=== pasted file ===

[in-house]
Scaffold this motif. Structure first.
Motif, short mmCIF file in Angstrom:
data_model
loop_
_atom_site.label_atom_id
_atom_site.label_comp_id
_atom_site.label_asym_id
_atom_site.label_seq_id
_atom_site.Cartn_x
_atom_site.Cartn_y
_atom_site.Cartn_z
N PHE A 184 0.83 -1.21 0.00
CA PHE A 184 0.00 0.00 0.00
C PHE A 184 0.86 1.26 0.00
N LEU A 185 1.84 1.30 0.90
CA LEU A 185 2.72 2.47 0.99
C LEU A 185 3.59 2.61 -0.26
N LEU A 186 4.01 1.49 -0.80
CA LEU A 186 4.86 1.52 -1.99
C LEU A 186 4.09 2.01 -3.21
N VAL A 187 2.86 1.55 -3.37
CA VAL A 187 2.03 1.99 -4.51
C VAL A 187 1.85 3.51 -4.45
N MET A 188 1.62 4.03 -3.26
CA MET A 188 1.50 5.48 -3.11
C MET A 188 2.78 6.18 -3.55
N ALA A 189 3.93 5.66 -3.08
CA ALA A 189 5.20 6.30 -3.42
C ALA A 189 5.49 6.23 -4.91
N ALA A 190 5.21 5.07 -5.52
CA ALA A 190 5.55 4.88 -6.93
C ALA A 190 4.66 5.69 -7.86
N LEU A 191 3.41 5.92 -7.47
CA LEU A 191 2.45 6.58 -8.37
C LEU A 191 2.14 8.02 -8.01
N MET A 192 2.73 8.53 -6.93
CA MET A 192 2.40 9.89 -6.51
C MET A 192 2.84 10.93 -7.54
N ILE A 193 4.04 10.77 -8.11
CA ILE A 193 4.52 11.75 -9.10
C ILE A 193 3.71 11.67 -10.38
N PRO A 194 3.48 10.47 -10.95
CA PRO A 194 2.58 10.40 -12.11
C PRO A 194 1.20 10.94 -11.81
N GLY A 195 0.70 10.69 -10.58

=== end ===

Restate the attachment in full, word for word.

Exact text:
[in-house]
Scaffold this motif. Structure first.
Motif, short mmCIF file in Angstrom:
data_model
loop_
_atom_site.label_atom_id
_atom_site.label_comp_id
_atom_site.label_asym_id
_atom_site.label_seq_id
_atom_site.Cartn_x
_atom_site.Cartn_y
_atom_site.Cartn_z
N PHE A 184 0.83 -1.21 0.00
CA PHE A 184 0.00 0.00 0.00
C PHE A 184 0.86 1.26 0.00
N LEU A 185 1.84 1.30 0.90
CA LEU A 185 2.72 2.47 0.99
C LEU A 185 3.59 2.61 -0.26
N LEU A 186 4.01 1.49 -0.80
CA LEU A 186 4.86 1.52 -1.99
C LEU A 186 4.09 2.01 -3.21
N VAL A 187 2.86 1.55 -3.37
CA VAL A 187 2.03 1.99 -4.51
C VAL A 187 1.85 3.51 -4.45
N MET A 188 1.62 4.03 -3.26
CA MET A 188 1.50 5.48 -3.11
C MET A 188 2.78 6.18 -3.55
N ALA A 189 3.93 5.66 -3.08
CA ALA A 189 5.20 6.30 -3.42
C ALA A 189 5.49 6.23 -4.91
N ALA A 190 5.21 5.07 -5.52
CA ALA A 190 5.55 4.88 -6.93
C ALA A 190 4.66 5.69 -7.86
N LEU A 191 3.41 5.92 -7.47
CA LEU A 191 2.45 6.58 -8.37
C LEU A 191 2.14 8.02 -8.01
N MET A 192 2.73 8.53 -6.93
CA MET A 192 2.40 9.89 -6.51
C MET A 192 2.84 10.93 -7.54
N ILE A 193 4.04 10.77 -8.11
CA ILE A 193 4.52 11.75 -9.10
C ILE A 193 3.71 11.67 -10.38
N PRO A 194 3.48 10.47 -10.95
CA PRO A 194 2.58 10.40 -12.11
C PRO A 194 1.20 10.94 -11.81
N GLY A 195 0.70 10.69 -10.58